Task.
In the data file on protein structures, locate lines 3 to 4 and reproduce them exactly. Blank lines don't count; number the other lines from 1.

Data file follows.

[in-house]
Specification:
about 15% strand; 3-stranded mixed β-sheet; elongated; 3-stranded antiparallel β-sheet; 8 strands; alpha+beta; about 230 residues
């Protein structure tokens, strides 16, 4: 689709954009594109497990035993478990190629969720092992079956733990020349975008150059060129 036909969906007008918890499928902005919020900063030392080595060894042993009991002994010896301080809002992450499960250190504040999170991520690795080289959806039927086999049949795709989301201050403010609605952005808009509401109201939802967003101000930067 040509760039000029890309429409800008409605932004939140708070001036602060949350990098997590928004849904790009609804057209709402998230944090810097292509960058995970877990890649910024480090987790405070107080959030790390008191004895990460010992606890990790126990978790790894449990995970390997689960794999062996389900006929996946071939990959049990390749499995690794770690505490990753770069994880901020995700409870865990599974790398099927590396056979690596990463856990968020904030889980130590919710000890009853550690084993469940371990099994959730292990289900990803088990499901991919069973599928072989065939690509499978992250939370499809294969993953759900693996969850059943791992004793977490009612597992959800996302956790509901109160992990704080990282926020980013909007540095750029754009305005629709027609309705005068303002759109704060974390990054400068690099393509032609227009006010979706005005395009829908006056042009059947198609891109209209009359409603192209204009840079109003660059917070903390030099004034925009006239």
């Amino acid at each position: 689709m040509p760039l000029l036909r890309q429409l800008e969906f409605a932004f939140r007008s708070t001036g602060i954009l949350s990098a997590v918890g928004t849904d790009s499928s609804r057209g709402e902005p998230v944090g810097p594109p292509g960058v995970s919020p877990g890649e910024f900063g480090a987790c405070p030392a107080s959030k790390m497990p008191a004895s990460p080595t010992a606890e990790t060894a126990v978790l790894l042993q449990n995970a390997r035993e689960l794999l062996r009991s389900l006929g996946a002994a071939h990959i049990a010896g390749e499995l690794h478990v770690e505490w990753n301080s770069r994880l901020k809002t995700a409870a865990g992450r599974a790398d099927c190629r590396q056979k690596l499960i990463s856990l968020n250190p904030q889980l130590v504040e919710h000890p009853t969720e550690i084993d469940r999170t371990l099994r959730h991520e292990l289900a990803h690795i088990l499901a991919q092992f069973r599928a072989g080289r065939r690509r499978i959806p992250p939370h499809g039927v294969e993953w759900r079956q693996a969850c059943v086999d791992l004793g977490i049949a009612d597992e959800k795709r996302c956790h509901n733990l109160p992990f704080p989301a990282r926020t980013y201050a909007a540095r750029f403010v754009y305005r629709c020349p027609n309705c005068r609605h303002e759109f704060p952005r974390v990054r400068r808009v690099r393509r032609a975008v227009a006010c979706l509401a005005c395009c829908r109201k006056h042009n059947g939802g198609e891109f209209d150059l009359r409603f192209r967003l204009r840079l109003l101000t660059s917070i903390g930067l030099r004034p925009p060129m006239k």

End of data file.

about 15% strand; 3-stranded mixed β-sheet; elongated; 3-stranded antiparallel β-sheet; 8 strands; alpha+beta; about 230 residues
């Protein structure tokens, strides 16, 4: 689709954009594109497990035993478990190629969720092992079956733990020349975008150059060129 036909969906007008918890499928902005919020900063030392080595060894042993009991002994010896301080809002992450499960250190504040999170991520690795080289959806039927086999049949795709989301201050403010609605952005808009509401109201939802967003101000930067 040509760039000029890309429409800008409605932004939140708070001036602060949350990098997590928004849904790009609804057209709402998230944090810097292509960058995970877990890649910024480090987790405070107080959030790390008191004895990460010992606890990790126990978790790894449990995970390997689960794999062996389900006929996946071939990959049990390749499995690794770690505490990753770069994880901020995700409870865990599974790398099927590396056979690596990463856990968020904030889980130590919710000890009853550690084993469940371990099994959730292990289900990803088990499901991919069973599928072989065939690509499978992250939370499809294969993953759900693996969850059943791992004793977490009612597992959800996302956790509901109160992990704080990282926020980013909007540095750029754009305005629709027609309705005068303002759109704060974390990054400068690099393509032609227009006010979706005005395009829908006056042009059947198609891109209209009359409603192209204009840079109003660059917070903390030099004034925009006239």